In the News: December 29, 2013

What’s Next for New Orleans?

New Orleans will have an all-charter school district next year
The Advocate – December 24, 2013
When the Recovery School District closes its last four direct-run schools at the end of this school year, it will become the nation’s first all-charter district. A.P. Tureaud and Benjamin Banneker are scheduled to be closed in June, and RSD’s last two direct-run high schools, Sarah T. Reed and George Washington Carver, will be phased out one year earlier than planed. The remaining schools – close to 60 – will all be run by independent nonprofits with their own boards.

New Orleans and the Road to Educational Equity
New Schools for New Orleans – December 20, 2013
Neerav Kingsland of NSNO says the charter school system in New Orleans has made real strides toward achieving educational equity. OneApp gives families fair and transparent access to nearly all public schools, and the centralized expulsion system ensures that access cannot be arbitrarily reversed once a student enrolls. In 2014-15, new weighted funding formulas in the RSD will help to cover additional costs related to serving special needs students, and NSNO is working with charters to develop high-quality settings that can meet the needs of our most at-risk students.

The permanent, dwindling Recovery School District
Times-Picayune – December 16, 2013
It’s been eight years since the state took over all but 17 of New Orleans’ public schools, raising the question of whether the Recovery School District has become a permanent part of the city’s educational landscape. The 17 charter schools eligible to switch to OPSB control this year all voted not to return. Their reasons included the lack of a permanent OPSB superintendent, recent board behavior at public meetings, questions about special education funding, and the uncertainty that comes with a locally elected board.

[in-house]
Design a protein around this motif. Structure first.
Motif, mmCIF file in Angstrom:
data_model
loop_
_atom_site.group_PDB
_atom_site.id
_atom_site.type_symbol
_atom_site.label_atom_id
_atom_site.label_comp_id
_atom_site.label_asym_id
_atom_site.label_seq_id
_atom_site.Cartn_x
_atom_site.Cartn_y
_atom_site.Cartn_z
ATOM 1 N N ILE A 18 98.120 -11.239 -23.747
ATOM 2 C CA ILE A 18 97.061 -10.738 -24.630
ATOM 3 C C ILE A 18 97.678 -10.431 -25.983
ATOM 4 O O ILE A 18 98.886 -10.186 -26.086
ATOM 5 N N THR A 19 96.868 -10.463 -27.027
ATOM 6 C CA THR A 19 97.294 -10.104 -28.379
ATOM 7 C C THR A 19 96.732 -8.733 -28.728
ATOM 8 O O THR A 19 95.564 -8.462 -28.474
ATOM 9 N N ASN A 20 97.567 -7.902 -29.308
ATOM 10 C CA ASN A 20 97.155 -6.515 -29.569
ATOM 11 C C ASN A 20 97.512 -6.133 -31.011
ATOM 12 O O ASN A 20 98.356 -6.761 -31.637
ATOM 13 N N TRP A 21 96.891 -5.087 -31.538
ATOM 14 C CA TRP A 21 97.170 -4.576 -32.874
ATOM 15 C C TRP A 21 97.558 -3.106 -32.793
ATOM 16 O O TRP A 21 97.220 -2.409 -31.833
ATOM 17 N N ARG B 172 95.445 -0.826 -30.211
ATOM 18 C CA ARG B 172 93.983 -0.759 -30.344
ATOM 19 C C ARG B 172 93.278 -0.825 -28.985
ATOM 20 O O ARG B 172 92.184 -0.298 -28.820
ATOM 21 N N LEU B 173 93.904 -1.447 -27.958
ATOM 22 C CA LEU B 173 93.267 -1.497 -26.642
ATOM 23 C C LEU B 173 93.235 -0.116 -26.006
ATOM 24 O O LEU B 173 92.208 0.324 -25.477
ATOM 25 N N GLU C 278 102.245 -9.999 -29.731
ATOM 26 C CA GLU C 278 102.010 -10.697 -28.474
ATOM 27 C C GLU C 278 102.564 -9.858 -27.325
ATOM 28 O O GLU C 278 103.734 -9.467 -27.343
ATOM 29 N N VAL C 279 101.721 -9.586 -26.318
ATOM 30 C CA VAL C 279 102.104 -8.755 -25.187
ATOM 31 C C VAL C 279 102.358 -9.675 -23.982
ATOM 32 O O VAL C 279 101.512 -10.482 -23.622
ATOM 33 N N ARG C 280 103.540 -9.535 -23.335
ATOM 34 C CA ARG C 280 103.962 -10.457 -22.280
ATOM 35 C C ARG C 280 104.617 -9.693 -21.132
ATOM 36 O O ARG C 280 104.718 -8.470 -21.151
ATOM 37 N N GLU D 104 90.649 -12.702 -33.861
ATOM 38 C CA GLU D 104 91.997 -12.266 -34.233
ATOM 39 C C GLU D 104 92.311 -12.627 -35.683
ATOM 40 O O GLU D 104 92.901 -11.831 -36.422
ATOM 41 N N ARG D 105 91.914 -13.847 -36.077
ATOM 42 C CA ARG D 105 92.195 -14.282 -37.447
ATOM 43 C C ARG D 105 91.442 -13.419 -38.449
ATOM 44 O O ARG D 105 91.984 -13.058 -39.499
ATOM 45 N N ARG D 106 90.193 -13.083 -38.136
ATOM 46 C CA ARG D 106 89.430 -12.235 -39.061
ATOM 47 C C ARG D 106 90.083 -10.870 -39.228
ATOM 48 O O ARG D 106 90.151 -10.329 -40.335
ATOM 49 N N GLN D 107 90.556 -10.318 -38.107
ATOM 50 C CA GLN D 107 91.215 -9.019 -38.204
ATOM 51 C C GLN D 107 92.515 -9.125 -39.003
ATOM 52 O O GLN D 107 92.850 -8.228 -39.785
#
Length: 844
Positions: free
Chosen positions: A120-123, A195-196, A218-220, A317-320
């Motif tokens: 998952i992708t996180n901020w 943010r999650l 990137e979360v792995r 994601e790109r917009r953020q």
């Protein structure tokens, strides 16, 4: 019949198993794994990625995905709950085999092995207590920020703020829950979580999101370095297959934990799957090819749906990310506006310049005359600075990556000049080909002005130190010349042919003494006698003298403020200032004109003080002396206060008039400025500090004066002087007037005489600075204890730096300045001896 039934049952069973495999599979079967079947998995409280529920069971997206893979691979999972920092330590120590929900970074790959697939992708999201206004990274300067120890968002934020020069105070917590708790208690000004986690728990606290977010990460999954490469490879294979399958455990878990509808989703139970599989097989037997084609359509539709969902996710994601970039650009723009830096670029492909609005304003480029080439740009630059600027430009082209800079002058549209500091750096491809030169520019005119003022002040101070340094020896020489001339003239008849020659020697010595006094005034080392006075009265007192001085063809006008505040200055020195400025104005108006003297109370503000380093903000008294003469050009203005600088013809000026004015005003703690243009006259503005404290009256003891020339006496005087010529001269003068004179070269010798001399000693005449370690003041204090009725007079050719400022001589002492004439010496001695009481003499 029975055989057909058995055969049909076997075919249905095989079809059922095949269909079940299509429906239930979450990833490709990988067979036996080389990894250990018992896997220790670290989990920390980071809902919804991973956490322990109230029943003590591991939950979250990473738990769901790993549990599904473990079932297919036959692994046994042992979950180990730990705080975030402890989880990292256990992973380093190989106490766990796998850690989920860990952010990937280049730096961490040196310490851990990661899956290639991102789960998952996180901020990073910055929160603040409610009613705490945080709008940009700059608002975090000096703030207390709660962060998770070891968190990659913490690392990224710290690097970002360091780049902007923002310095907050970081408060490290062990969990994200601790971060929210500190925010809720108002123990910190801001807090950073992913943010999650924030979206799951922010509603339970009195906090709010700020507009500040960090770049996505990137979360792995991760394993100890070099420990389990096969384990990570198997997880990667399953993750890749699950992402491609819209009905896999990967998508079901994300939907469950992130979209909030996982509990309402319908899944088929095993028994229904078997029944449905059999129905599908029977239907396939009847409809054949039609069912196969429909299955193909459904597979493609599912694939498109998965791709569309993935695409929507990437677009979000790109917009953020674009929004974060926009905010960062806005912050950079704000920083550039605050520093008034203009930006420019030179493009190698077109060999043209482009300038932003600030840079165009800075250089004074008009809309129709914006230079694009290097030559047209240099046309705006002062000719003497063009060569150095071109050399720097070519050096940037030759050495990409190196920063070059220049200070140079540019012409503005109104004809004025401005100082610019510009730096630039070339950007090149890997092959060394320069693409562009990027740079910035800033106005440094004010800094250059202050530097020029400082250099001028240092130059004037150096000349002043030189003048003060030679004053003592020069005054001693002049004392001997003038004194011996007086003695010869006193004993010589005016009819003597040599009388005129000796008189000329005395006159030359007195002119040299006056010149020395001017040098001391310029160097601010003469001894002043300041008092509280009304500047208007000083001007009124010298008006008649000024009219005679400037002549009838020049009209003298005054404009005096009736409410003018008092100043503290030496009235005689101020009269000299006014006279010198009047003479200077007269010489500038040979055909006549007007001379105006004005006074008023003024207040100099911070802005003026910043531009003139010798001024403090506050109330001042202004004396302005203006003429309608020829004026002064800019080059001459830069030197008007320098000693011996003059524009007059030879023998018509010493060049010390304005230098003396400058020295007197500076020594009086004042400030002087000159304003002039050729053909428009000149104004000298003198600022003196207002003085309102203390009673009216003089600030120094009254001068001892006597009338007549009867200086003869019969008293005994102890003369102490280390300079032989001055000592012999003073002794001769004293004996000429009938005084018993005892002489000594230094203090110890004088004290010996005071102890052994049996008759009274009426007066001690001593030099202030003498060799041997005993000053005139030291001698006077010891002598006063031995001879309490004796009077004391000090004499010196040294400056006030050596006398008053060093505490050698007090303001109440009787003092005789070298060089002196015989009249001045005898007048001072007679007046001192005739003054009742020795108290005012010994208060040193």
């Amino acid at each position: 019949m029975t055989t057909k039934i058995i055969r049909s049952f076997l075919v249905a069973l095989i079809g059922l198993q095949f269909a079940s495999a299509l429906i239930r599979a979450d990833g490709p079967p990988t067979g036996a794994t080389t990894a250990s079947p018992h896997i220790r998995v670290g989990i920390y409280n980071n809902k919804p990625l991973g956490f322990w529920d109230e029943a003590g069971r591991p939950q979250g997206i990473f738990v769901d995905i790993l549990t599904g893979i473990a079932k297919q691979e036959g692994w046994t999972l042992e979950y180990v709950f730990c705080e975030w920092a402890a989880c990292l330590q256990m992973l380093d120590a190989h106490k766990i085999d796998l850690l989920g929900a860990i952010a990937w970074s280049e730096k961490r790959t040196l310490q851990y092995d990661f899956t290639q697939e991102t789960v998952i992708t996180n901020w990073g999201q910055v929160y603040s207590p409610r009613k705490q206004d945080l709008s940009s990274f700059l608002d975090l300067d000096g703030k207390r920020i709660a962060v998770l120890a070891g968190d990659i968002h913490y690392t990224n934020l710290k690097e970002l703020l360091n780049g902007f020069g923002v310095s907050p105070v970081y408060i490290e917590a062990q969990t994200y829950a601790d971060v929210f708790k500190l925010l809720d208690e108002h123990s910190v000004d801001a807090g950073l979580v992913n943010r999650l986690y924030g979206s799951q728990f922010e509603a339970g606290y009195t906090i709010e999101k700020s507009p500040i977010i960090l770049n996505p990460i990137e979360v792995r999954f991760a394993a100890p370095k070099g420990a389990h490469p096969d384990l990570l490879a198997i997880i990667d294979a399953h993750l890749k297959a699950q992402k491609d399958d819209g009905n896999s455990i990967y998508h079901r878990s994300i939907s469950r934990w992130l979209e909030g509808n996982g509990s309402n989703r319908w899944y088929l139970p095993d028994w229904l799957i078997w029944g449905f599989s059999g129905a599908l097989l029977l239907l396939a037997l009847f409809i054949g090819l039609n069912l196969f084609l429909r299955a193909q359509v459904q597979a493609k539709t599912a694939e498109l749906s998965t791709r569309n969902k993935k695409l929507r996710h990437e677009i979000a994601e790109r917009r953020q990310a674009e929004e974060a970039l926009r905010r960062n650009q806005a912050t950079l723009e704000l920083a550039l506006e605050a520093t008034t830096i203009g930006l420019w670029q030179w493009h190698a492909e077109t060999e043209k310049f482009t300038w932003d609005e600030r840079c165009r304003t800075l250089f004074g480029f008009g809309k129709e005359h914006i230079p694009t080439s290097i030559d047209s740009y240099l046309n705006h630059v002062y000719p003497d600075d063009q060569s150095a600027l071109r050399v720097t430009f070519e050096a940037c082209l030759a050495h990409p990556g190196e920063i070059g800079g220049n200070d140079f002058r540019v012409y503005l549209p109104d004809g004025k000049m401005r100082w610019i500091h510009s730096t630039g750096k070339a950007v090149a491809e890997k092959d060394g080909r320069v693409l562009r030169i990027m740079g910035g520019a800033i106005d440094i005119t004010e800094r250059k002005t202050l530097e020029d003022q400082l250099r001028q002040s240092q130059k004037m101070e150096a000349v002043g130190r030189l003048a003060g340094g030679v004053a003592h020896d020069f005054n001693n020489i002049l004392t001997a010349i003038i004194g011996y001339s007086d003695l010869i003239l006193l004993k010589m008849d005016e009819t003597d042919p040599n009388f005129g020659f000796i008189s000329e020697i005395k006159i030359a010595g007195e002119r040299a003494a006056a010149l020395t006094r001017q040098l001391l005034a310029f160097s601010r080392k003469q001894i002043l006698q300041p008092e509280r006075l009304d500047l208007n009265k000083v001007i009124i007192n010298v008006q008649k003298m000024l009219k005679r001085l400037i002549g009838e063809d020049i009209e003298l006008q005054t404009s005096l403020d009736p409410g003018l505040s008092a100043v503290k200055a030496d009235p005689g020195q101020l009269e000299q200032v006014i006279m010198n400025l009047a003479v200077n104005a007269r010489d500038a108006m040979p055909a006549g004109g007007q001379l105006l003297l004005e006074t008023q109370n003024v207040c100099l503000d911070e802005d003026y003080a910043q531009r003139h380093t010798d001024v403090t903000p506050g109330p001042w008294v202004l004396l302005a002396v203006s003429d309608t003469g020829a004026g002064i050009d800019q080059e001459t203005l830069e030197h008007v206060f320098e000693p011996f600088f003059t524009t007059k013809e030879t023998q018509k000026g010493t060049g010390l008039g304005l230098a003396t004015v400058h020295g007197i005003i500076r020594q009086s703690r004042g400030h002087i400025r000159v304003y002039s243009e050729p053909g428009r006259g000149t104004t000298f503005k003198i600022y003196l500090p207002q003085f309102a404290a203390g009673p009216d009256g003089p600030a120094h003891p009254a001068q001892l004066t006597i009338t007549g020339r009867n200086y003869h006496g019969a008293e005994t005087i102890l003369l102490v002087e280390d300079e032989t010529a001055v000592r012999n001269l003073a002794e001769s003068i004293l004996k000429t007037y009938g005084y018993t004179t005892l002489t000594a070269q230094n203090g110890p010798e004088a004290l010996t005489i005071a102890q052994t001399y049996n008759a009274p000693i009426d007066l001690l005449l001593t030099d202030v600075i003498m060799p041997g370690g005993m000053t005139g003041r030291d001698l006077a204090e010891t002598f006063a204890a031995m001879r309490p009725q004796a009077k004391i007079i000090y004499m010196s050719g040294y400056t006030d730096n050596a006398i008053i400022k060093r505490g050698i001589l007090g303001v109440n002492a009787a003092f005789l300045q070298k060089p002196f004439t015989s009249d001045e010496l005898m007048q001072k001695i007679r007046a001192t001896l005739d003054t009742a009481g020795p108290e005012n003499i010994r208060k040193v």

National Stories

Report Documents College Completion Rates
Inside Higher Ed – December 16, 2013
A new report shows that 56 percent of all first-time college students enrolled in the fall of 2007 (full or part-time) earned a degree or certificate within six years. Students with dual enrollment experience in high school had a completion rate 12 percentage points higher than the rate for students with no dual enrollment experience.

International Baccalaureate – A Possible Tool for Integrating Students?
New York Times – December 16, 2013
International Baccalaureate (I.B.) programs attract middle- and upper-middle class students, which means placing I.B. programs in schools in mixed-income or disadvantaged neighborhoods can be a powerful tool to break down concentrations of student poverty. A shout-out to Morris Jeff Community Charter School!

Evaluation of the Tennessee Voluntary Prekindergarten Program
Education Gadfly – December 19, 2013
A new study of Tennessee’s voluntary prekindergarten program confirmed that students in the program gained significantly more academic skills than non-participants but found that gains made in preschool essentially disappeared when measured at the end of kindergarten and again at the end of first grade.

Resources for Writing IEPs Aligned to Common-Core Standards
Education Week – December 16, 2013
If you are looking for specific examples of how to prepare Individual Education Programs (IEPs) that are aligned with Common Core reading and math standards, this list of online tools and presentations can help. It was compiled by two special education experts as a follow up to their Education Week Live Chat on this topic.

‘Blue Light’ May Impair Students’ Sleep, Studies Say
Education Week – December 10, 2013
Evidence is mounting that artificial light from the use of computers and mobile-electronics later in the day can lead to significant sleep problems. Exposure to blue light in the late afternoon and evening can disrupt sleep cycles as much as six to eight hours – the same amount of “jet lag” caused by a flight from New York City to Honolulu.

Teachers unions face moment of truth
Politico – December 8, 2013